There’s a theory about Haiti that surfaces on the heels of every tragedy and each disaster the country is faced with — whether man-made or an act of God.
Following reports of the rising death toll of Hurricane Matthew victims in Haiti, I came across my neighbor, who lamented the familiar sayings after misfortune hits.
“How horrible, this is a disaster, I’m praying for Haiti.”
She went on to express her confusion about why Haiti was so badly affected compared to the several islands that were also in Hurricane Matthew’s path.
“It’s as though the county is …” — and there it was. She held her tongue and let the sentence trail off, finishing with promises of prayers she would be reciting that night for Haiti.
We’ve all thought it — myself included. Haiti must be cursed. How else would you explain the misfortune that has plagued the country since its self-liberation from the French more than 200 years ago?
Televangelist Pat Robertson drew criticism in 2010 when he cited the Vodou ceremony before Haiti’s slave rebellion as a source of the country’s woes.
However, I present a more secular explanation — the Haitian government, regardless of who is in power, is structurally and ideologically deficient, albeit partly through no fault of its own.
It would be easy to point out the number of international socioeconomic policies that crippled Haiti from its inception as retribution for its audacity to remove itself from French oppression; however, listing grievances has never and will never do much to address the current problems, despite where they were born.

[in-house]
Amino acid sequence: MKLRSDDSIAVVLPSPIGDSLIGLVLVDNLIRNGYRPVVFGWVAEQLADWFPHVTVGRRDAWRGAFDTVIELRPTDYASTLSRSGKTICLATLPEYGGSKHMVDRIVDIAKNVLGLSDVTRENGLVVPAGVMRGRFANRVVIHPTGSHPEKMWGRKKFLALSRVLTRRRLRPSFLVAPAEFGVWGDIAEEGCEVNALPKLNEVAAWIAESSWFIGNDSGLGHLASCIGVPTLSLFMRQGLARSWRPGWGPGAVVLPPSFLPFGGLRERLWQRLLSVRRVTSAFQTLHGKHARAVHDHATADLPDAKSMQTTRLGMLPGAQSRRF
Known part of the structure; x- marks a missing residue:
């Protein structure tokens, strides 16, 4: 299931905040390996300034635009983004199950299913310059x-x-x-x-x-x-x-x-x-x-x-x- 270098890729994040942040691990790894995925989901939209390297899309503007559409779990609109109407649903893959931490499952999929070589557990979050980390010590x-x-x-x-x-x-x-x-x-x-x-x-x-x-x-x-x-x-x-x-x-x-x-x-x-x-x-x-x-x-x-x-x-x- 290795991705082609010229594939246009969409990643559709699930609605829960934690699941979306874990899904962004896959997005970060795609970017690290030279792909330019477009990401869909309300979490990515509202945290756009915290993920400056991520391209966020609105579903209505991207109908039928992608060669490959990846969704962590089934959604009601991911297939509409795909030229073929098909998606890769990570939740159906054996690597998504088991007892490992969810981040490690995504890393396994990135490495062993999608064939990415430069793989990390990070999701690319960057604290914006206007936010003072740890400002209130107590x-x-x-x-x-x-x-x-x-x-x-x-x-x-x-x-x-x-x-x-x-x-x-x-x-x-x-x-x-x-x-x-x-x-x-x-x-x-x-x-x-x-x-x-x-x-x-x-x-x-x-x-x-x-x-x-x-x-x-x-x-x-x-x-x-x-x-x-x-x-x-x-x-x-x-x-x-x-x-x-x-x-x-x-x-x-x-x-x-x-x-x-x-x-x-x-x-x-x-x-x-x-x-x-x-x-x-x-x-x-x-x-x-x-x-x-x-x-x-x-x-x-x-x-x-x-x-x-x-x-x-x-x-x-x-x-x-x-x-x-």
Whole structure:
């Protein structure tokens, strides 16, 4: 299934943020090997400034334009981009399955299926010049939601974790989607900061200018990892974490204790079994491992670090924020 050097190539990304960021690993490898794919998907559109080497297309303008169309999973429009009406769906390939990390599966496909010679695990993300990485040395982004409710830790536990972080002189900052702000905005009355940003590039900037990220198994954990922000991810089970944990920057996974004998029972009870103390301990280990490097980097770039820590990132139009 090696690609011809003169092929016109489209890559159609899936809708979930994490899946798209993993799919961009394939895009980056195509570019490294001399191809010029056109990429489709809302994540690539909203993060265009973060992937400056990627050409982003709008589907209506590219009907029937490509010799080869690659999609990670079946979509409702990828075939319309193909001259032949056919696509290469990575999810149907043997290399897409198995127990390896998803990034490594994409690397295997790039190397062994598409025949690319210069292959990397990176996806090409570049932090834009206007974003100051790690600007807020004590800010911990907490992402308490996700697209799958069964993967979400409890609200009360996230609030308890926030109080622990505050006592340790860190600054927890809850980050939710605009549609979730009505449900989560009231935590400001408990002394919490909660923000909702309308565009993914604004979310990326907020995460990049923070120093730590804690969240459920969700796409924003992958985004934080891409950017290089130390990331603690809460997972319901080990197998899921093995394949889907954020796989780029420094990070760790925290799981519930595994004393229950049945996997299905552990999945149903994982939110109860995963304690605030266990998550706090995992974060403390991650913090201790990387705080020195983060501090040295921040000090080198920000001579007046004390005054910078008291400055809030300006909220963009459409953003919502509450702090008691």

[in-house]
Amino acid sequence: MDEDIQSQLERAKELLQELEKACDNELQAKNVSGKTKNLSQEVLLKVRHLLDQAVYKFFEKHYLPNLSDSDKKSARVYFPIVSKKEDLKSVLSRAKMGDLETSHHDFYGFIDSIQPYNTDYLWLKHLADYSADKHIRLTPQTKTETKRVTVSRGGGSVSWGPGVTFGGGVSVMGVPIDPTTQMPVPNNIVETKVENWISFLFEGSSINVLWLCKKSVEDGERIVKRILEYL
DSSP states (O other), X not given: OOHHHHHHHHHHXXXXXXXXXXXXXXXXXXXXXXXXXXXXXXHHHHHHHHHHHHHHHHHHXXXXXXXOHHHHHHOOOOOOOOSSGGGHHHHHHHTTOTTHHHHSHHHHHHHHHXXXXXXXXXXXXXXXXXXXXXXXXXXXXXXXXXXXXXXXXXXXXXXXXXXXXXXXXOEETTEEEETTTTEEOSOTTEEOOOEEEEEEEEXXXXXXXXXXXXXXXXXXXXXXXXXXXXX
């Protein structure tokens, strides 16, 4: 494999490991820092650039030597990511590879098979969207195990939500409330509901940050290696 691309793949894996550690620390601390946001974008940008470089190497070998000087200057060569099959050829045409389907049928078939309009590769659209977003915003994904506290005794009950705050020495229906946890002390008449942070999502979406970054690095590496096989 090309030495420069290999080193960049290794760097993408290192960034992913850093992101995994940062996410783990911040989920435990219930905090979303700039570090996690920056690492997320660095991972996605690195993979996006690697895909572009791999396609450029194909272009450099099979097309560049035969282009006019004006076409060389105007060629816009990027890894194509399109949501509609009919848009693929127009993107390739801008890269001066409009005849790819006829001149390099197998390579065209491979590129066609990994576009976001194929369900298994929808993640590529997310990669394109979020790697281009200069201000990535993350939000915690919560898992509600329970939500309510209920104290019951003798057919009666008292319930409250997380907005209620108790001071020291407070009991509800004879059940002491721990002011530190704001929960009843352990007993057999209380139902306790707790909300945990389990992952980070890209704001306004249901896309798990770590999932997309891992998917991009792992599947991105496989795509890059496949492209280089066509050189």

Haiti lacks infrastructure and the political stability to plan ahead for predictable natural disasters. The country lacks a national building code to ensure structures are built to certain standards. The small island nation, barely able to fund its own elections, is simply not in the position to help its people.
Hurricane Matthew was not a tragedy that struck by surprise, nor was this the first time a hurricane devastated the country – after all, hurricanes on tropical islands are not unheard of. Yet each time, Haiti and the international community reacts as though the storms are isolated incidents.
A look at neighboring Cuba offers a different perspective. The hurricane barreled through the country like Haiti; and while there were homes and property damaged, there have not been any reports of fatalities. The Cuban government employed a strict evacuation plan and has mandatory hurricane drills every May. However, for Haiti, the hurricane was met with bewilderment and confusion on the part of the Haitian government.
Haiti’s greatest strength lies in its Diaspora, in those who have made a home again in Haiti and devoted their lives to effecting real change in communities across the country.
The countless small nonprofits and organizations that operate in the neglected provinces in Haiti offer hope for a country where little attention is paid to anything other than politics.
They are there long after the newsworthiness of the latest tragedy in Haiti has worn off and work toward lifting the country up to where it once was decades ago.
While the outpouring of support, sympathy and donations to Haiti are appreciated; I for one am tired of seeing, reading and hearing “Help Haiti.”
The country’s inability to plan accordingly for something as common as hurricanes on a tropical island feeds into this notion that the country is “cursed” and thus forever incapable of truly operating as a sovereign nation.